Nevada State Historic Marker Summary

NameSutro Tunnel
LocationLyon County, Nevada
Nevada State Historic Marker85
Latitude, Longitude39.2744, -119.5645


Stokes Castle

Stokes Castle is a point of interest and Nevada Start Historic Marker number fifty nine located in Lander County, Nevada. The granite rock tower is located on a hillside just outside of Austin, Nevada.

Stokes Castle is a three-story stone tower named for Anson Phelps Stokes who was a banker, investor and railroad man who built the tower as a summer home. The design of his summer home is inspired painting which pictures a tower in Roman Campagna, Italy.

Construction is started in 1896 and completed the following year. The hand-hewn granite stones were lifted into place using a hand winch and secured with a rock and clay mortar. The first floor of the tower consisted of a dining room and kitchen. The living room was located on the second floor, while the third floor houses two bedrooms. Each floor benefitted from a fireplace and the second and third floors boasted balconies along with plate glass windows to accentuate the view of the valley below..

Despite the money and time investment, the Stokes family only occupied the granite towerN for a few short weeks. Stokes sold his interest is some of the local mining operations, and moved further west. After which the structure fell into disrepair.

Today, Stokes Castle is a privately owned property and recognized as Nevada State Historic Landmark. The structure is surrounded by a chain link fence to prevent unauthorized access.

Nevada State Historic Marker #59

Anson Phelps Stokes, mine developer, railroad magnate and member of a prominent eastern family, built Stokes Castle as a summer home for his sons.  After the castle (or the tower, as the

Stokes family always referred to it) was completed in June 1897, the Stokes family used it for two months.  Since then, with one possible exception, the structure has remained unoccupied.

Stokes Castle is made of huge, granite stones, raised with a hand winch and held in position by rock wedging and clay mortar.  The architectural model for the castle was a medieval tower Anson Stokes had seen and admired near Rome.  This building originally had three floors, each with a fireplace, plate glass windows, balconies on the second and third floors, and a battlemented terrace on the roof.  It had plumbing and sumptuous furnishings.

Stokes Castle has served for decades as an iconic Nevada building often photographed by enthusiasts of Western history.


Marker Summary

NameStokes Castle
LocationLander County, Nevada
Nevada State Historic Mark59
Latitude, Longitude39.4936, -117.07986

Nevada State Historic Marker Map


Powell of the Colorado Nevada State Historic Marker 37

Powell of the Colorado Nevada State Historic Marker 37 is a marker commemorating the 1869 exploration of the Grand Canyon by Major John Wesley Powell. The marked is located overlooking Lake Mead, Nevada.

Powell of the Colorado Nevada State Historic Marker 37- The 1871 Powell Expedition preparing to depart Green River.  Photo NPS
The 1871 Powell Expedition preparing to depart Green River. Photo NPS

Marker Text

On August 30, 1869, Major John Wesley Powell landed at the mouth of the Virgin River, about 12 miles south of here, thus ending the first boat expedition through the Grand Canyon of the Colorado River.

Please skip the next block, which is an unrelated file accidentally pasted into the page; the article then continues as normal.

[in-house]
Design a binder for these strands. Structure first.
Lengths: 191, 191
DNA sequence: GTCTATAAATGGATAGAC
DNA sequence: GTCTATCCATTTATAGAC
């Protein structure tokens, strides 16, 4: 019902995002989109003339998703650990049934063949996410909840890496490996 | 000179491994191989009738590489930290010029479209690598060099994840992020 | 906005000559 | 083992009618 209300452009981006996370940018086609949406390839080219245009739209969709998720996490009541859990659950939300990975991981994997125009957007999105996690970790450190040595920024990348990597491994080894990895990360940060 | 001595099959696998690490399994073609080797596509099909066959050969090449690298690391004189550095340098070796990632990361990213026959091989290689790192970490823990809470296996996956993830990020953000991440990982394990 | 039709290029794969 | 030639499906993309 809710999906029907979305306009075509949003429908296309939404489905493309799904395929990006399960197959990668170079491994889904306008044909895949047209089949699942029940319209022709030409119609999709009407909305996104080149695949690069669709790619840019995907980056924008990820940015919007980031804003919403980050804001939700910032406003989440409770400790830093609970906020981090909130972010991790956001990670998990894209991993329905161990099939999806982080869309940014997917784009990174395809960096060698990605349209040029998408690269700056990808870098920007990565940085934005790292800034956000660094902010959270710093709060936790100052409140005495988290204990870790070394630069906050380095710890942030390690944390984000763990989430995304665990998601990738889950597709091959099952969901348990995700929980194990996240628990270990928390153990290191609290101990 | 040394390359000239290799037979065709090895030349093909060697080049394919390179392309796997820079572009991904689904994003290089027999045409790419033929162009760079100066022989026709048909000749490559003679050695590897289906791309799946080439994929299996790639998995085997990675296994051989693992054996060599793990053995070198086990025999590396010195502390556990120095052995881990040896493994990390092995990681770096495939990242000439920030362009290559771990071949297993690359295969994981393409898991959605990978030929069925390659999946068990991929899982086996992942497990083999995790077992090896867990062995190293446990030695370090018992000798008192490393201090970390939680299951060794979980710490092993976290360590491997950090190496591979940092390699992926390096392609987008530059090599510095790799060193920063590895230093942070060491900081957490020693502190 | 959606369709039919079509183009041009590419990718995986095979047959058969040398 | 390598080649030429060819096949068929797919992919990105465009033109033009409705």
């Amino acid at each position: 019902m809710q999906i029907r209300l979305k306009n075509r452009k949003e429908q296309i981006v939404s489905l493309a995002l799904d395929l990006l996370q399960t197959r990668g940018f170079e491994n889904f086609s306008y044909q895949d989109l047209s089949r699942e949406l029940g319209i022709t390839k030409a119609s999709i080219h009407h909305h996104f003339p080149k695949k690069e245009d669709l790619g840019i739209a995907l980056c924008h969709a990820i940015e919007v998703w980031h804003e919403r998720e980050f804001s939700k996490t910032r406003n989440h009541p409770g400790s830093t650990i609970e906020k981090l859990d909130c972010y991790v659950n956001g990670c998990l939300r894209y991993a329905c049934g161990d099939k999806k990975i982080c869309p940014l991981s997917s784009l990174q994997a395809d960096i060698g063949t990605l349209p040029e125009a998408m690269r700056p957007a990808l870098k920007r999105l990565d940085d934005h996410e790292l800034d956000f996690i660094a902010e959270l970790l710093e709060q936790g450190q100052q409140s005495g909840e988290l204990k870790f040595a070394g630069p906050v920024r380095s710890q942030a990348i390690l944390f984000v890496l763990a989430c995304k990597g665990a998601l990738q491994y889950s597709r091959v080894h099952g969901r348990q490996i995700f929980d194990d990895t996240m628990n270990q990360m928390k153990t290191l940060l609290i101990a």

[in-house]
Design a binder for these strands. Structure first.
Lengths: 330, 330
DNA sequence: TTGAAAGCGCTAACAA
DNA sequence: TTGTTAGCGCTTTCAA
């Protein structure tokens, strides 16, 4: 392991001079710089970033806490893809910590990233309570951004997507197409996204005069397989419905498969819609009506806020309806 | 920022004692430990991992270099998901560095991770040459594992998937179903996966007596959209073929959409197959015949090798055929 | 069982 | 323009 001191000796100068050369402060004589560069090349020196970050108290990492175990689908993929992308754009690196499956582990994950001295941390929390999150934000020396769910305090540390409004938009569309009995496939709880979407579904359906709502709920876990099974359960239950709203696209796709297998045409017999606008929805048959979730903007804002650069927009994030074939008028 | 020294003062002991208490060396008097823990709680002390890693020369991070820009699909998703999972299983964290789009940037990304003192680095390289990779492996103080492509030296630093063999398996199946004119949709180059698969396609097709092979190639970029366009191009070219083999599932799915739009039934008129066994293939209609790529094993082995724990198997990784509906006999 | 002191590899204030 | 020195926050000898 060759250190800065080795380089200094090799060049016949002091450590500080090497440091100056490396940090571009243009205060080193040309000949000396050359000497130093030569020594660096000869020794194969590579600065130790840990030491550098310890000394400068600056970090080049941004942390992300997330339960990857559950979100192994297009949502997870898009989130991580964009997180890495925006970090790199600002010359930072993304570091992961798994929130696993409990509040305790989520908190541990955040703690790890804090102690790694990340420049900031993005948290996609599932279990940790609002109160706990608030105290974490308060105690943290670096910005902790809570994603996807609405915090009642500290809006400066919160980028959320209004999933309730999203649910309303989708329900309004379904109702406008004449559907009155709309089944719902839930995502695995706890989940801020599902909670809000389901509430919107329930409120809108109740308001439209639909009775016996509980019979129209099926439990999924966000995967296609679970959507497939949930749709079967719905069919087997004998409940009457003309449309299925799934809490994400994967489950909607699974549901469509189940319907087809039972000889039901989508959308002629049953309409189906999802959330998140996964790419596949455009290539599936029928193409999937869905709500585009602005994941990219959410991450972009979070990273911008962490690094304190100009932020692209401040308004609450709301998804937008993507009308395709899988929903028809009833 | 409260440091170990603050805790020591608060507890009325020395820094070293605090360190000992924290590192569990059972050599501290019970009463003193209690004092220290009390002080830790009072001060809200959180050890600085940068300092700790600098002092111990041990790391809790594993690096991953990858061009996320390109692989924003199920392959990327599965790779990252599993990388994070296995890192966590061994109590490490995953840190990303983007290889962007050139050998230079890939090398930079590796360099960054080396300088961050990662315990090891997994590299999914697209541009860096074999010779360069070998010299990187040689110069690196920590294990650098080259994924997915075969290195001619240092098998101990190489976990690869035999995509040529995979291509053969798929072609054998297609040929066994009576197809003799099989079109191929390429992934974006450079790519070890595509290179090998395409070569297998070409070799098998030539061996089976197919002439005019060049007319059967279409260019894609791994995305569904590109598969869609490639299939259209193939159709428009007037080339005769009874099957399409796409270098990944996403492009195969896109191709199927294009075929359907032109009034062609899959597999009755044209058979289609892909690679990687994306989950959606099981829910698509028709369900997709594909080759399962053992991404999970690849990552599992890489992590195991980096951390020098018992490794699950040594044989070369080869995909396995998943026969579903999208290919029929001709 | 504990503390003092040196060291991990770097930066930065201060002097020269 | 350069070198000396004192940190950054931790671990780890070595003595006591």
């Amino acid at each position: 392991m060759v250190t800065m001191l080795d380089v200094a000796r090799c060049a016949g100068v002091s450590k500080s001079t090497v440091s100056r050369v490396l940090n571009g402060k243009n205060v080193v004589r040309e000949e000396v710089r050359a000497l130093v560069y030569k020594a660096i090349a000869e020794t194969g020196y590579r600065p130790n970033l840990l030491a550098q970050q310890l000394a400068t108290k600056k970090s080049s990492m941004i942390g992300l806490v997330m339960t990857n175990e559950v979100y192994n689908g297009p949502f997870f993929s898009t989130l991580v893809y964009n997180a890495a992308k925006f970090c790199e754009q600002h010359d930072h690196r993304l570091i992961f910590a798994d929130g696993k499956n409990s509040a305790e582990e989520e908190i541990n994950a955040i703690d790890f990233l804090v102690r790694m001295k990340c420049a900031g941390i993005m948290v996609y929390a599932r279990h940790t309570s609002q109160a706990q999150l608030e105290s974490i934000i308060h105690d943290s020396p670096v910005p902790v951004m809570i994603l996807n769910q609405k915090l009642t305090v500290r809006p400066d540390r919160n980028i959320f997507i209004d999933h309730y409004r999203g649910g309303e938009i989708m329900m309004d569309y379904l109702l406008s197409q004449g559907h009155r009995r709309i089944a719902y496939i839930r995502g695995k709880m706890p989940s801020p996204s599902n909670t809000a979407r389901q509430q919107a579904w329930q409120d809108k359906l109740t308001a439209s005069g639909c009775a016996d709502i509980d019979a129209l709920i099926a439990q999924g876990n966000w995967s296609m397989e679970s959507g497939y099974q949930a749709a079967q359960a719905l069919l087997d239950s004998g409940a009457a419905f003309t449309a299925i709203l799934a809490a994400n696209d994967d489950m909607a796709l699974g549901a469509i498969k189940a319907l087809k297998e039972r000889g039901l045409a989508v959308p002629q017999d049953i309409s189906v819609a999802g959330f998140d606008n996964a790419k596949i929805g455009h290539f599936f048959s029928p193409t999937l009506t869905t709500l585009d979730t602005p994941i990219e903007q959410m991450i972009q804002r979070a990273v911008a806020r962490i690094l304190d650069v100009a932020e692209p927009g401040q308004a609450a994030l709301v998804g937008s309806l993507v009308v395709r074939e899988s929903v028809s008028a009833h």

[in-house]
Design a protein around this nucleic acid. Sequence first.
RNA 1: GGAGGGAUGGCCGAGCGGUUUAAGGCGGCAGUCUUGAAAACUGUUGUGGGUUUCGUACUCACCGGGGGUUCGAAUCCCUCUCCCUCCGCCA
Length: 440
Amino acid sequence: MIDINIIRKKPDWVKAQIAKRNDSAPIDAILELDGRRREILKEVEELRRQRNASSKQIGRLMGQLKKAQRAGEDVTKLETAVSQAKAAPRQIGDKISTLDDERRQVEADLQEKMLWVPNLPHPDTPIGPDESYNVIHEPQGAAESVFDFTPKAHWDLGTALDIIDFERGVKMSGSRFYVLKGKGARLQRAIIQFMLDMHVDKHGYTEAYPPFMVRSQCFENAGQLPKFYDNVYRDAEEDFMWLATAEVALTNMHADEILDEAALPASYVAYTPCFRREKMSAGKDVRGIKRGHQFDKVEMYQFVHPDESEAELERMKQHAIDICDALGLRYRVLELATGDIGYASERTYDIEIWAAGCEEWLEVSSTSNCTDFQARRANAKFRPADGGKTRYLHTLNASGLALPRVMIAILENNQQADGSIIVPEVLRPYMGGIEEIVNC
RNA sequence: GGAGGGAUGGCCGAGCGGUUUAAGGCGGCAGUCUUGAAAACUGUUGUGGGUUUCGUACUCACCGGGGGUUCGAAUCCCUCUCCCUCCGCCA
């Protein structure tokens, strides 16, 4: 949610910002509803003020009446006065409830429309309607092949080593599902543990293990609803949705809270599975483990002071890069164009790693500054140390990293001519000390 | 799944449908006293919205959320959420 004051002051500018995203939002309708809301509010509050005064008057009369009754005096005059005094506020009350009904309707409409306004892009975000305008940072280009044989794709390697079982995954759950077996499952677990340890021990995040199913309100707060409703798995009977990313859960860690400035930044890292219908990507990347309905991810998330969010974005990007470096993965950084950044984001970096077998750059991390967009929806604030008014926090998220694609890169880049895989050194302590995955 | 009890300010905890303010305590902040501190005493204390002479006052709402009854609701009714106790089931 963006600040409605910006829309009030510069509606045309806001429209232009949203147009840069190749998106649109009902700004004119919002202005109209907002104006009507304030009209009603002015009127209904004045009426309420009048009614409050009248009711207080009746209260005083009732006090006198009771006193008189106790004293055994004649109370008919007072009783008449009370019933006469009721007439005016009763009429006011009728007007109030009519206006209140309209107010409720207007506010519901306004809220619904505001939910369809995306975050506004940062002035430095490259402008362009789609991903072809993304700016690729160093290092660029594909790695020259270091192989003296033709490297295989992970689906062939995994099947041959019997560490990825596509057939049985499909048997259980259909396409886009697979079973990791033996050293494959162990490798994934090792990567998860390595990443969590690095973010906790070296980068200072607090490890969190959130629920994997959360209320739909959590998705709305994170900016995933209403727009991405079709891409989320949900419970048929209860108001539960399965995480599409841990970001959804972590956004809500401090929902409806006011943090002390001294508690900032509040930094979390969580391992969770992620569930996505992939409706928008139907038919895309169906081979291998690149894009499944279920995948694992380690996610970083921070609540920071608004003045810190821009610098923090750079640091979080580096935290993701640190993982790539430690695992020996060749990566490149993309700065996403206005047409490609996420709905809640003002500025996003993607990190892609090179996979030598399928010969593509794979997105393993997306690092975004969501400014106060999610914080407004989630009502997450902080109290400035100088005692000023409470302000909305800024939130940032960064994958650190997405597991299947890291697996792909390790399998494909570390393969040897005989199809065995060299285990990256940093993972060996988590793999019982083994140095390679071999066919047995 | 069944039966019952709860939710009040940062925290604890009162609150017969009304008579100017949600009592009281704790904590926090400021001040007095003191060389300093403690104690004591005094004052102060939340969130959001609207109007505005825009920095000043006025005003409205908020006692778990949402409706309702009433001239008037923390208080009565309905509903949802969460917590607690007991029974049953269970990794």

The expedition left Green River City, Wyoming Territory, on May 24, 1869. For three months Powell and his men endured danger and hunger to explore, survey and study the geology of the canyons along the Green and Colorado Rivers.

Exhausted and near starvation, the Powell party was warmly greeted and fed by the hardy Mormon pioneers of St. Thomas, a small farm settlement about 11 miles north of here.

The original sites of St. Thomas and the junction of the Virgin and Colorado Rivers are now beneath the waters of Lake Mead.

This, and later Powell surveys, stimulated great interest in the water conservation problems of the Southwest.

Marker Summary

Nevada State Historic Marker 37
NamePowell on the Colorado
LocationLake Mead National Recreation Area, Nevada
Latitude, Longitude36.3072, -114.4201



Millers Nevada State Historic Marker 101

Millers Nevada State Historic Marker 101 is located at a rest stop alone highway 6 a few miles west of Tonopah, in Esmeralda county, Nevada. Millers was a train station and watering stop for the Tonopah and Goldfield Railroad

Charles R. Miller - Millers Nevada State Historic Marker 101
Charles R. Miller


As a result of mining excitement at Tonopah in 1901 and subsequent construction of the Tonopah and Goldfield Railroad, Millers was first founded in 1904 as a station and watering stop on that line.  The name honored Charles R. Miller, a director of the railroad and former governor of Delaware.  He was also vice-president of the Tonopah Mining Company and was instrumental in having its 100-stamp cyanide mill built here in 1906.  In 1907, the town boomed with the construction of the T. & G. R.R.’s repair shops and another large mill.  The population grew to 274 in 1910, when the town boasted a business district and post office.  By 1911, the railroad shops and a mill had been moved away, and Millers began to decline.  It was abandoned in 1947 when the railroad went out of business.


Marker Summary

Nevada State Historic Marker15
LocationEsmeralda County, Nevada
Latitude, Longitude38.1402, -117.4539